संयुज्यन्ते वियुज्यन्ते तथा कालेन देहिन: ॥ ३ ॥
tathā kālena dehinaḥ
yathā — just as; prayānti — move apart; saṁyānti — come together; srotaḥ-vegena — by the force of waves; bālukāḥ — the small particles of sand; saṁyujyante — they are united; viyujyante — they are separated; tathā — similarly; kālena — by time; dehinaḥ — the living entities who have accepted material bodies.
O King, as small particles of sand sometimes come together and are sometimes separated due to the force of the waves, the living entities who have accepted material bodies sometimes come together and are sometimes separated by the force of time.
The misunderstanding of the conditioned soul is the bodily conception of life. The body is material, but within the body is the soul. This is spiritual understanding. Unfortunately, one who is in ignorance, under the spell of material illusion, accepts the body to be the self. He cannot understand that the body is matter. Like small particles of sand, bodies come together and are separated by the force of time, and people falsely lament for unification and separation. Unless one knows this, there is no question of happiness. Therefore in Bhagavad-gītā (2.13) this is the first instruction given by the Lord:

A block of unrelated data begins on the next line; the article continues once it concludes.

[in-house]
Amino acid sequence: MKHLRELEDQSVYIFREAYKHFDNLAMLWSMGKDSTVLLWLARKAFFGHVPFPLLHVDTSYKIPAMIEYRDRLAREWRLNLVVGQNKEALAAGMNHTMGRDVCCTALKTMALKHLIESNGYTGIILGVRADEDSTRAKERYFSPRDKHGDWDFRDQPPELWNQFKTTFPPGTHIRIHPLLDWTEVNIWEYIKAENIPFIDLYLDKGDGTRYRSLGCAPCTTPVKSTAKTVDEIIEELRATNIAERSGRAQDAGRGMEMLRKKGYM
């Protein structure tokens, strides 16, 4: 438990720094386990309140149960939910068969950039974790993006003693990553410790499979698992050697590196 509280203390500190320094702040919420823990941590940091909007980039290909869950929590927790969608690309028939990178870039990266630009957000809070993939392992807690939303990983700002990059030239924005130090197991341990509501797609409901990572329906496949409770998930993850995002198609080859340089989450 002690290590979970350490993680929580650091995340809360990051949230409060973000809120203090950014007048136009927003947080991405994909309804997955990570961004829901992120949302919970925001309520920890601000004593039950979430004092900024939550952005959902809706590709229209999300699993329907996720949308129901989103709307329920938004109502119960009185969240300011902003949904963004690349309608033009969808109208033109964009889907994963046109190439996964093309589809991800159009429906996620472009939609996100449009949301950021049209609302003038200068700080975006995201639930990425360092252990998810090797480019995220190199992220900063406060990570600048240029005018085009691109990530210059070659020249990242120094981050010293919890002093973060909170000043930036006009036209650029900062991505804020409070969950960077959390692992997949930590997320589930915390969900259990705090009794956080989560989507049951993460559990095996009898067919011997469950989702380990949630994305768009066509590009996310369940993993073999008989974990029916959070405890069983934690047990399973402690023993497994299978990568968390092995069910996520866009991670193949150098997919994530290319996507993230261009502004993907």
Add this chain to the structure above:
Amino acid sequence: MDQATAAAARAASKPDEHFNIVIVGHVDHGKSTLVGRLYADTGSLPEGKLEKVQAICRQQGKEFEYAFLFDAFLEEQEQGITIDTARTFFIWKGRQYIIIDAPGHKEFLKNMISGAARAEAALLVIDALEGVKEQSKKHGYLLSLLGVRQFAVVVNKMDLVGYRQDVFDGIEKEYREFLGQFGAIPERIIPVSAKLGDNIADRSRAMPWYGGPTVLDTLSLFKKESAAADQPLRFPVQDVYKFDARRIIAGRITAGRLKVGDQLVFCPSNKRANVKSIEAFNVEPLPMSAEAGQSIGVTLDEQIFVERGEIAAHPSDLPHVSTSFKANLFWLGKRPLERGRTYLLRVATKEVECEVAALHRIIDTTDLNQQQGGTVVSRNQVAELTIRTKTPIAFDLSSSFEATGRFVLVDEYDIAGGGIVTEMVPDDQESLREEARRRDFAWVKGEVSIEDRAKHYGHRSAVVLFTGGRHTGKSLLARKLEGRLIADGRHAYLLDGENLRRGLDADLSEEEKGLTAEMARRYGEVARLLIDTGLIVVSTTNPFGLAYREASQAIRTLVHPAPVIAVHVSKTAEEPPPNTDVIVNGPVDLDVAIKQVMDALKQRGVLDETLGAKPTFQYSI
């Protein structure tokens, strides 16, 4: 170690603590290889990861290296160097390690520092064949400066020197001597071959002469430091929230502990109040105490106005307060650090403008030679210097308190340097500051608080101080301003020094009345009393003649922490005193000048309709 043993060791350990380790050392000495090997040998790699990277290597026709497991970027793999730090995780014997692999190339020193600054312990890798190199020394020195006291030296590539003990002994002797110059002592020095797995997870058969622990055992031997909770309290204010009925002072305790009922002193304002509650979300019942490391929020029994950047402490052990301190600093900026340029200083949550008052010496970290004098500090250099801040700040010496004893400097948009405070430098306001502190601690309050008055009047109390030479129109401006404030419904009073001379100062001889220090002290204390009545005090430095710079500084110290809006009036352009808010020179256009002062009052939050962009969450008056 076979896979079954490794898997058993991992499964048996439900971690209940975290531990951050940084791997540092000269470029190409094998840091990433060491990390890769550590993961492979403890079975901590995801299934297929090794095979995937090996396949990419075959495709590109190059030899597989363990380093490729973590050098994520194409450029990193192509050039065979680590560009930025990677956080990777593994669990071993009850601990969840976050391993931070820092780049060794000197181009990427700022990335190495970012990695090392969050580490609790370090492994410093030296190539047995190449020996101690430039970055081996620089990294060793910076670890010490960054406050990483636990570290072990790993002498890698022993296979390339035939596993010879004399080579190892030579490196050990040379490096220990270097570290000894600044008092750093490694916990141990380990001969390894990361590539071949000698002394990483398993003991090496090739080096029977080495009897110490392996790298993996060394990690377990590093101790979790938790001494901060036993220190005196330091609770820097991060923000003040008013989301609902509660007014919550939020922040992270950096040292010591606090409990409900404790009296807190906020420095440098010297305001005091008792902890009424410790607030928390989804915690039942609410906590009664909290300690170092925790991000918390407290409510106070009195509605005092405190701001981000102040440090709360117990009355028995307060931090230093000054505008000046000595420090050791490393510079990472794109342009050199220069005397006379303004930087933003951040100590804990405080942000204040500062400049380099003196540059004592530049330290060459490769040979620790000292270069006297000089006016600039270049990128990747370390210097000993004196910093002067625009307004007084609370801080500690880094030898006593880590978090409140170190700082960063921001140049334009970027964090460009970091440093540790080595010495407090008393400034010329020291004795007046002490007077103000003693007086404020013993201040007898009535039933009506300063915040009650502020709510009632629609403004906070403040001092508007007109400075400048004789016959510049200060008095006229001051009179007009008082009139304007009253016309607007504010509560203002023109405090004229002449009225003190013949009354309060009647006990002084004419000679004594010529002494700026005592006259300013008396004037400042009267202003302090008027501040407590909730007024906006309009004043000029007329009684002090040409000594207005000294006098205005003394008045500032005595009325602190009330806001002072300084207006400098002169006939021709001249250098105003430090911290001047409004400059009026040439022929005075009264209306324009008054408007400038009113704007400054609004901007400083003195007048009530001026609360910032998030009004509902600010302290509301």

kaumāraṁ yauvanaṁ jarā
dhīras tatra na muhyati
“As the embodied soul continually passes, in this body, from boyhood to youth to old age, the soul similarly passes into another body at death. The self-realized soul is not bewildered by such a change.” We are not the body; we are spiritual beings trapped in the body. Our real interest lies in understanding this simple fact. Then we can make further spiritual progress. Otherwise, if we remain in the bodily conception of life, our miserable material existence will continue forever. Political adjustments, social welfare work, medical assistance and the other programs we have manufactured for peace and happiness will never endure. We shall have to undergo the sufferings of material life one after another. Therefore material life is said to be duḥkhālayam aśāśvatam; it is a reservoir of miserable conditions.